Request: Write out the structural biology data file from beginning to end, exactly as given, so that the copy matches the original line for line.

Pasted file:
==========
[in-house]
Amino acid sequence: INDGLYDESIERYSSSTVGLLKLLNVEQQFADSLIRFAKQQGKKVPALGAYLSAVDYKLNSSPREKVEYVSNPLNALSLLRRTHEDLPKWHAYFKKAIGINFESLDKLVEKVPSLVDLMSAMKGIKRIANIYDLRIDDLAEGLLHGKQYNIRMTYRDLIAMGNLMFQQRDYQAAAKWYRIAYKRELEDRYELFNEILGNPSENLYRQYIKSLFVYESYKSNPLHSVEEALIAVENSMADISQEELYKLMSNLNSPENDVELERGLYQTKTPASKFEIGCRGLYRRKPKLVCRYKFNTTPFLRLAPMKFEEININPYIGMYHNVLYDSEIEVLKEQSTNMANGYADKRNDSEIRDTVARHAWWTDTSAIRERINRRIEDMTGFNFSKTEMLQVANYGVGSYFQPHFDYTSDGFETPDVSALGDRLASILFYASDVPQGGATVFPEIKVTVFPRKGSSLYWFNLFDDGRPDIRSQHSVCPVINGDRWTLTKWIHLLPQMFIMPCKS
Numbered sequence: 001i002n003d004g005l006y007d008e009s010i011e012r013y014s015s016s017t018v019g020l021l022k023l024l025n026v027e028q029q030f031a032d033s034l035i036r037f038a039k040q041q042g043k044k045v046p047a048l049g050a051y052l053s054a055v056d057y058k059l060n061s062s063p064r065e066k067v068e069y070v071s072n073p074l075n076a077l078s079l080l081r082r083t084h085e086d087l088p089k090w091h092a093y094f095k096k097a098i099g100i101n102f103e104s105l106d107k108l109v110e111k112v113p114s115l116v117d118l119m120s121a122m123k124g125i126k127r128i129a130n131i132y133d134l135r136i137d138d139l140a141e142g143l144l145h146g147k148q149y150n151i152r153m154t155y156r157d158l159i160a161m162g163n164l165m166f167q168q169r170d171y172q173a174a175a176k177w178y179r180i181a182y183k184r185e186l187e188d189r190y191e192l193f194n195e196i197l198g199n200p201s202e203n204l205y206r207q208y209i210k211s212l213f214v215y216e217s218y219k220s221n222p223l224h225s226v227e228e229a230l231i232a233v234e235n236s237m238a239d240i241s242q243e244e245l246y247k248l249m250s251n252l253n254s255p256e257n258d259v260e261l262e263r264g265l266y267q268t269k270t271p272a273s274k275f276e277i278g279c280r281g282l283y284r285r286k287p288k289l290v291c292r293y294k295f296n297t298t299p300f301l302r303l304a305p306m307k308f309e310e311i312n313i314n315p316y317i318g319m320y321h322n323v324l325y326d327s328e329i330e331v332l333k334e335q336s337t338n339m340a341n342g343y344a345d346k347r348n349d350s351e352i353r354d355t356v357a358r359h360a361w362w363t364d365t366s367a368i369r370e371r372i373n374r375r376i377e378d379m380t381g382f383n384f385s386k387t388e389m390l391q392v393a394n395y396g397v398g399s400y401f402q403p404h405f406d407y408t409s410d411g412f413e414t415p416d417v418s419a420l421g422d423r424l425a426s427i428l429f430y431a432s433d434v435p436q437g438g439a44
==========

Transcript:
[in-house]
Amino acid sequence: INDGLYDESIERYSSSTVGLLKLLNVEQQFADSLIRFAKQQGKKVPALGAYLSAVDYKLNSSPREKVEYVSNPLNALSLLRRTHEDLPKWHAYFKKAIGINFESLDKLVEKVPSLVDLMSAMKGIKRIANIYDLRIDDLAEGLLHGKQYNIRMTYRDLIAMGNLMFQQRDYQAAAKWYRIAYKRELEDRYELFNEILGNPSENLYRQYIKSLFVYESYKSNPLHSVEEALIAVENSMADISQEELYKLMSNLNSPENDVELERGLYQTKTPASKFEIGCRGLYRRKPKLVCRYKFNTTPFLRLAPMKFEEININPYIGMYHNVLYDSEIEVLKEQSTNMANGYADKRNDSEIRDTVARHAWWTDTSAIRERINRRIEDMTGFNFSKTEMLQVANYGVGSYFQPHFDYTSDGFETPDVSALGDRLASILFYASDVPQGGATVFPEIKVTVFPRKGSSLYWFNLFDDGRPDIRSQHSVCPVINGDRWTLTKWIHLLPQMFIMPCKS
Numbered sequence: 001i002n003d004g005l006y007d008e009s010i011e012r013y014s015s016s017t018v019g020l021l022k023l024l025n026v027e028q029q030f031a032d033s034l035i036r037f038a039k040q041q042g043k044k045v046p047a048l049g050a051y052l053s054a055v056d057y058k059l060n061s062s063p064r065e066k067v068e069y070v071s072n073p074l075n076a077l078s079l080l081r082r083t084h085e086d087l088p089k090w091h092a093y094f095k096k097a098i099g100i101n102f103e104s105l106d107k108l109v110e111k112v113p114s115l116v117d118l119m120s121a122m123k124g125i126k127r128i129a130n131i132y133d134l135r136i137d138d139l140a141e142g143l144l145h146g147k148q149y150n151i152r153m154t155y156r157d158l159i160a161m162g163n164l165m166f167q168q169r170d171y172q173a174a175a176k177w178y179r180i181a182y183k184r185e186l187e188d189r190y191e192l193f194n195e196i197l198g199n200p201s202e203n204l205y206r207q208y209i210k211s212l213f214v215y216e217s218y219k220s221n222p223l224h225s226v227e228e229a230l231i232a233v234e235n236s237m238a239d240i241s242q243e244e245l246y247k248l249m250s251n252l253n254s255p256e257n258d259v260e261l262e263r264g265l266y267q268t269k270t271p272a273s274k275f276e277i278g279c280r281g282l283y284r285r286k287p288k289l290v291c292r293y294k295f296n297t298t299p300f301l302r303l304a305p306m307k308f309e310e311i312n313i314n315p316y317i318g319m320y321h322n323v324l325y326d327s328e329i330e331v332l333k334e335q336s337t338n339m340a341n342g343y344a345d346k347r348n349d350s351e352i353r354d355t356v357a358r359h360a361w362w363t364d365t366s367a368i369r370e371r372i373n374r375r376i377e378d379m380t381g382f383n384f385s386k387t388e389m390l391q392v393a394n395y396g397v398g399s400y401f402q403p404h405f406d407y408t409s410d411g412f413e414t415p416d417v418s419a420l421g422d423r424l425a426s427i428l429f430y431a432s433d434v435p436q437g438g439a44